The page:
Top public pension earner sues Vernon after CalPERS cuts his benefit


The man who was granted California’s biggest public pension isn’t giving it up without a fight.

Bruce Malkenhorst took home more than $911,000 a year as city manager of the tiny city of Vernon. His reign ended shortly before he was convicted of misappropriating public funds, and he walked away with an annual pension that eventually topped $500,000, the largest in the California Public Employees’ Retirement System.

But CalPERS last year decided to cut his pension to $115,000, concluding he’d derived some of his hefty salary improperly.


So now the 78-year-old Malkenhorst is suing Vernon to make up the difference. His lawyers are making a novel if improbable argument: Because it paid him a high salary, the city is responsible for keeping his retirement benefits at the higher level even though CalPERS balked.

Vernon now faces a potentially costly legal battle as attorneys face off with the city’s onetime power broker, who for years was thought to be the highest paid public official in the country.

It could turn into a test case for other city leaders who have seen their hefty pensions cut by CalPERS.

Bell’s former city administrator, Robert Rizzo, was poised to receive a pension of about $650,000. But CalPERS cut it to $50,000 after Rizzo and seven other city officials were accused of corruption. His assistant, Angela Spaccia, had her projected pension cut from $250,000 to $43,000.

Last year CalPERS found that Vernon improperly boosted the retirement benefits of nearly two dozen top employees, resulting in the largest public pension reduction in state history. Malkenhorst’s successor, Eric T. Fresch, who made as much as $1.6 million in 2008, had his pension stripped completely. Fresch died last year.

Malkenhorst’s attorney has already presented hundreds of pages of exhibits as evidence of what he says are the city’s vows to fund his rich pension. In the suit, Malkenhorst describes his pension as a promise from the city based on his “highest earnings at Vernon.” He notes that eight years ago, when CalPERS first raised issues about his pension, the city supported Malkenhorst. That changed last year, he said, when CalPERS reduced his pension.


Vernon officials argue that Malkenhorst had been paid more than enough.

“The exhibits well document that Mr. Malkenhorst made a pile of money working for Vernon when he ran the show and was lord of the manor,” said City Atty. Nicholas Rodriguez. “We intend to litigate it and believe that he is entitled to nothing further from Vernon.”

CalPERS alleges that Vernon improperly boosted Malkenhorst’s retirement benefits, arguing that his pension was “illegally based on unpublished pay rates, overtime and an inflated longevity allowance.” Although Malkenhorst held as many as 10 positions during his 29-year tenure in the city’s government, CalPERS determined that only his pay as city clerk was properly reported for purposes of his pension. Malkenhorst filed two lawsuits to prevent his pension from being reduced. He lost both but is appealing.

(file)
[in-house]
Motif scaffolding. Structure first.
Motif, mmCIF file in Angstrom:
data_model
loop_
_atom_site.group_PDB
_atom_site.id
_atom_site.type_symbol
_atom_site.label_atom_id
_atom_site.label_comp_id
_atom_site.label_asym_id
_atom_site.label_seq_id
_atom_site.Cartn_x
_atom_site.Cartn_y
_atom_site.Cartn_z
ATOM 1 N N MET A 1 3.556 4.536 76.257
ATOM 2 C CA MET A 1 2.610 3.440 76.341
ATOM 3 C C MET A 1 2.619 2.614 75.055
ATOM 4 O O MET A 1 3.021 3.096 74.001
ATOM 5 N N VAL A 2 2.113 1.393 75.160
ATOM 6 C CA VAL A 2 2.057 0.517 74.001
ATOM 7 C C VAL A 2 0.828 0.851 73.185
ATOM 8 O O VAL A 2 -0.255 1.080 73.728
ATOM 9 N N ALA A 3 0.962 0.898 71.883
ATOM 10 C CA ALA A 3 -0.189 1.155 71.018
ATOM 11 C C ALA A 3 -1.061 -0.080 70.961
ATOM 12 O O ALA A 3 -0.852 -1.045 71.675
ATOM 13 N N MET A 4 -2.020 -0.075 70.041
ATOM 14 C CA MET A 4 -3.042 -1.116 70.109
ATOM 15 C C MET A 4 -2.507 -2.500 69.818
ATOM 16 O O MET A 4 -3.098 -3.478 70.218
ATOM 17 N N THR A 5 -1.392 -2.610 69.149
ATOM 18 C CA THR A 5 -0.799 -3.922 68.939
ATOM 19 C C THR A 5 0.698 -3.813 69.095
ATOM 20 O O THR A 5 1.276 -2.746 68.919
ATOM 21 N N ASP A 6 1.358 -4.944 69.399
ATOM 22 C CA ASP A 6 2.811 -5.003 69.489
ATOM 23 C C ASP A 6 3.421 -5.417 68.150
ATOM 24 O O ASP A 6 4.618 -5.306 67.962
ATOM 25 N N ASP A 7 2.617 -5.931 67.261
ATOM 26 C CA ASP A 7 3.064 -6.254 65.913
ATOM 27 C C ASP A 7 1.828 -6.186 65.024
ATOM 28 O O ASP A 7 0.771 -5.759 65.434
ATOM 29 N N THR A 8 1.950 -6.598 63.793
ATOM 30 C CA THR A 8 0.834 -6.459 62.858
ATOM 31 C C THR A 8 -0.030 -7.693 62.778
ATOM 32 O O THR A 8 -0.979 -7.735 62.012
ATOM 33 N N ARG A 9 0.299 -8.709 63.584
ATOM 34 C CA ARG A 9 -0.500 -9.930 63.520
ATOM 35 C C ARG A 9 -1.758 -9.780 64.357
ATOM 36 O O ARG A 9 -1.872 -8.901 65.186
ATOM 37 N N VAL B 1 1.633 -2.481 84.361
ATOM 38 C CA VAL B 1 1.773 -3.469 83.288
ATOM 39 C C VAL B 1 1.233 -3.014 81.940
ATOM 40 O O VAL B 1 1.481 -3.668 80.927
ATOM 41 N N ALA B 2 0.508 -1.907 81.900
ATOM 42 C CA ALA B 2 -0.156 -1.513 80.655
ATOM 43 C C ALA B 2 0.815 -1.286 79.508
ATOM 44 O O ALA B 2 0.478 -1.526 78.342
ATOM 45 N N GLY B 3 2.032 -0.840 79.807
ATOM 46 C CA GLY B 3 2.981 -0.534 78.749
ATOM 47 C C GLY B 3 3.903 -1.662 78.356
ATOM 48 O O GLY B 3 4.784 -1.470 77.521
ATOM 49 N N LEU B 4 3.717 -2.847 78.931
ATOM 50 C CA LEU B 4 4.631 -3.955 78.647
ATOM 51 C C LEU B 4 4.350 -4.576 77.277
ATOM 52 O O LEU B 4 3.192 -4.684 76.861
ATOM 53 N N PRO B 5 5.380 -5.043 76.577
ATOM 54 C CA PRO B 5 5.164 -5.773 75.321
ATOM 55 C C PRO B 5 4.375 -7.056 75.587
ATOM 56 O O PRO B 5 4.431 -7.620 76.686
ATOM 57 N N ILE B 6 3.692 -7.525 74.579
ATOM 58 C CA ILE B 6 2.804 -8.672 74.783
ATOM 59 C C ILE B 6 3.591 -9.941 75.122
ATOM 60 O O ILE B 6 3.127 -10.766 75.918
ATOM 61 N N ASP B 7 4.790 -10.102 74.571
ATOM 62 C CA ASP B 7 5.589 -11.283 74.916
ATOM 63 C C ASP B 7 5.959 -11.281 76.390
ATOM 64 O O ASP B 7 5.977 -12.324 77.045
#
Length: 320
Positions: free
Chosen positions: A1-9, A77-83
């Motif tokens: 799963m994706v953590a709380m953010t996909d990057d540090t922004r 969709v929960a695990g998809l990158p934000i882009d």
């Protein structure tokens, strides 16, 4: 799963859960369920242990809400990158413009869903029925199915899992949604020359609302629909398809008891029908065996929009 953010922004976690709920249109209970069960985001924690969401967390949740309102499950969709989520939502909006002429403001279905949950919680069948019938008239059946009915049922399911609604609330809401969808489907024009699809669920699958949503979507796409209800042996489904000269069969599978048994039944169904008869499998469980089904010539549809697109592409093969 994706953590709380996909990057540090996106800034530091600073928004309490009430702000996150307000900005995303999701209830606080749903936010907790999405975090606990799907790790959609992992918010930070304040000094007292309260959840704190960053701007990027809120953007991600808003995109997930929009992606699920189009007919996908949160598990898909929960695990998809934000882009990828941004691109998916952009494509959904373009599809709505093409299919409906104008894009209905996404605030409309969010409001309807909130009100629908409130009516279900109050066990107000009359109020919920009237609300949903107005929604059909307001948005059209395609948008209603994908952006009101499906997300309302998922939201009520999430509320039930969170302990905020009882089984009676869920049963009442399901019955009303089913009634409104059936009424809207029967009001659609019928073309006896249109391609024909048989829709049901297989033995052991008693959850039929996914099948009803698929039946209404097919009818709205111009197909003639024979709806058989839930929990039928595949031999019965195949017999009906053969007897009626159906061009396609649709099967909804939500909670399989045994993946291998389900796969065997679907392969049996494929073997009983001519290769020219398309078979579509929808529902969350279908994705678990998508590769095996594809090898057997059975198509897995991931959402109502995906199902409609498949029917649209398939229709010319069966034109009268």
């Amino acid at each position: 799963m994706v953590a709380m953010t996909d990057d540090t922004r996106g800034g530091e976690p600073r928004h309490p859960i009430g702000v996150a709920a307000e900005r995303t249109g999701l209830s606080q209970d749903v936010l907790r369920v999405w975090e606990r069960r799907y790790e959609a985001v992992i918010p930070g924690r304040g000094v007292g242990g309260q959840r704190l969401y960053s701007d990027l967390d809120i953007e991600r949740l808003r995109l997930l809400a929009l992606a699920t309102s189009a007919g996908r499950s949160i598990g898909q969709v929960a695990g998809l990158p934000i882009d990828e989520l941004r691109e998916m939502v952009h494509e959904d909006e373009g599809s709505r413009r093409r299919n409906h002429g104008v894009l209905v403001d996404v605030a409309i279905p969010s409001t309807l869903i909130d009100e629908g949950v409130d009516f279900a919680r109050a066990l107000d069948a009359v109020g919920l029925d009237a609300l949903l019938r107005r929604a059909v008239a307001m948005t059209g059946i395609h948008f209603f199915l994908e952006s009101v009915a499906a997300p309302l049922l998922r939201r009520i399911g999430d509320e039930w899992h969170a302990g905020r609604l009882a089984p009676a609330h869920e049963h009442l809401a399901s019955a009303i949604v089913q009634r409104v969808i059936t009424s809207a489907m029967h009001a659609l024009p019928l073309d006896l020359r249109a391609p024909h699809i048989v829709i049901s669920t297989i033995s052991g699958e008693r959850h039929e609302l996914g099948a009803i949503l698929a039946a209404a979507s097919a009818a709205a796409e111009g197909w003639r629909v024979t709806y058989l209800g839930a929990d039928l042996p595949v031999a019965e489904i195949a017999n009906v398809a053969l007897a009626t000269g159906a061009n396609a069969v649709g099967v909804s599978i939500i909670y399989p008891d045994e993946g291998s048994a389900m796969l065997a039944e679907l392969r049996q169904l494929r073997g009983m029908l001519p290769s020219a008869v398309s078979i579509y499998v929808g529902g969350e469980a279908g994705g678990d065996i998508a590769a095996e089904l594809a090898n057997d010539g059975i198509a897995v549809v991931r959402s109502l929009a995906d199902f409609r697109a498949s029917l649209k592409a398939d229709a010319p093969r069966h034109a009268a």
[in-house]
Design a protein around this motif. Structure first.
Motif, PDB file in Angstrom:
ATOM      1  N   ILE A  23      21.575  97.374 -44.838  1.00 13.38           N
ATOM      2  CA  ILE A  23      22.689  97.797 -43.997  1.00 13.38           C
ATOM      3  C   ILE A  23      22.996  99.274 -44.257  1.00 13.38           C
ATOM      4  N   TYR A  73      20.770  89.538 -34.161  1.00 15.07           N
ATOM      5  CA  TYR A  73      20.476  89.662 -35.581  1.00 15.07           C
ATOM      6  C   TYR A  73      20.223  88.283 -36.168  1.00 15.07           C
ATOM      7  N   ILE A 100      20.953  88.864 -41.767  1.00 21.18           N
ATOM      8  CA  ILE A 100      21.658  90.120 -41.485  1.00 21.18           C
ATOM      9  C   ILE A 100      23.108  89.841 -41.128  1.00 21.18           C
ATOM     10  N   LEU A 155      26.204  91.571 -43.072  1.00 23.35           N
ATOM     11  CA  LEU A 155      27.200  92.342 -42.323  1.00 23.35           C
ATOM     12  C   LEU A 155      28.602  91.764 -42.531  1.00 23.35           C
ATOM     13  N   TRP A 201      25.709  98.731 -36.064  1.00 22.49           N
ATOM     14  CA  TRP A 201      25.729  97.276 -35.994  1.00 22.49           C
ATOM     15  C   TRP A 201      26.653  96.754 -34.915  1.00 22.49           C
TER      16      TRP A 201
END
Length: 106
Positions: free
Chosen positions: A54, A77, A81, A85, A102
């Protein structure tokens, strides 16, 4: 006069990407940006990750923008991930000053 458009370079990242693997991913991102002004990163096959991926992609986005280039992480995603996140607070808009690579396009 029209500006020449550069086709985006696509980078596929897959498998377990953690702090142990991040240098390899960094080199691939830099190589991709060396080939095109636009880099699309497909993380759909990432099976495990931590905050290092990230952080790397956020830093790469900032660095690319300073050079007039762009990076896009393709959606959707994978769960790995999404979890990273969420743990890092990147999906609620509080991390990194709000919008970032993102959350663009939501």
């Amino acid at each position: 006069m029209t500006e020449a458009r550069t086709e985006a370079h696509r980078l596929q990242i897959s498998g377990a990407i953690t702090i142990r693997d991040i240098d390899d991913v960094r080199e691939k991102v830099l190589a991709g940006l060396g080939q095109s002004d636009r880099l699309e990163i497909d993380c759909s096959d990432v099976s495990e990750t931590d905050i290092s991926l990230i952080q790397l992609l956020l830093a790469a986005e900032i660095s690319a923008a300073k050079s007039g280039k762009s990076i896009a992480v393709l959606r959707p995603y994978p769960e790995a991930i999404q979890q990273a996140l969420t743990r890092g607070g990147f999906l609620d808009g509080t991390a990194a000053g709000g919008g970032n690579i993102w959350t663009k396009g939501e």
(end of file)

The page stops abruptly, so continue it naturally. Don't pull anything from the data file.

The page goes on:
Malkenhorst was squired around in limousines, and it often seemed that he oversaw the City Council, not the other way around. Those who know Malkenhorst said they are not surprised he is fighting back.

“Bruce Malkenhorst can’t be called shy,” said Steve Freed, president of the Vernon Property Assn., a business advocacy group. “He’s an aggressive guy with an aggressive personality. If he thinks he truly earned this money, then he absolutely will make every effort to attain that money.”

Freed said he has little sympathy for Malkenhorst.

“He set his own salary, he set his own benefits package, then swept it through the City Council,” he said. “He was coming close to $1 million a year, which is just irresponsible for a city to be paying one person.”

John Kruissink, a former Vernon historian, said Malkenhorst never tried to hide that he was getting paid a huge salary, which a compliant City Council readily awarded him.


“Bruce believes in himself and that he didn’t do anything wrong…. He’s going to go down swinging,” Kruissink said.

Malkenhorst did not return a call seeking comment, nor did his attorney.

Malkenhorst retired in 2005. The next year, Los Angeles County prosecutors filed public corruption charges against him, accusing him of spending $60,000 in city money for personal use, including massages, golf outings, meals and political contributions. He pleaded guilty in 2011. He was sentenced to three years’ probation and ordered to pay $35,000 in fines and penalties, as well as $60,000 in restitution to Vernon.

Malkenhorst was already the highest-paid public official in California by the late 1980s. In an interview with The Times in 1989, he declared his salary of $162,000 at the time to be a bargain for Vernon.

“I always thought if I made this much money I’d be rich,” he quipped.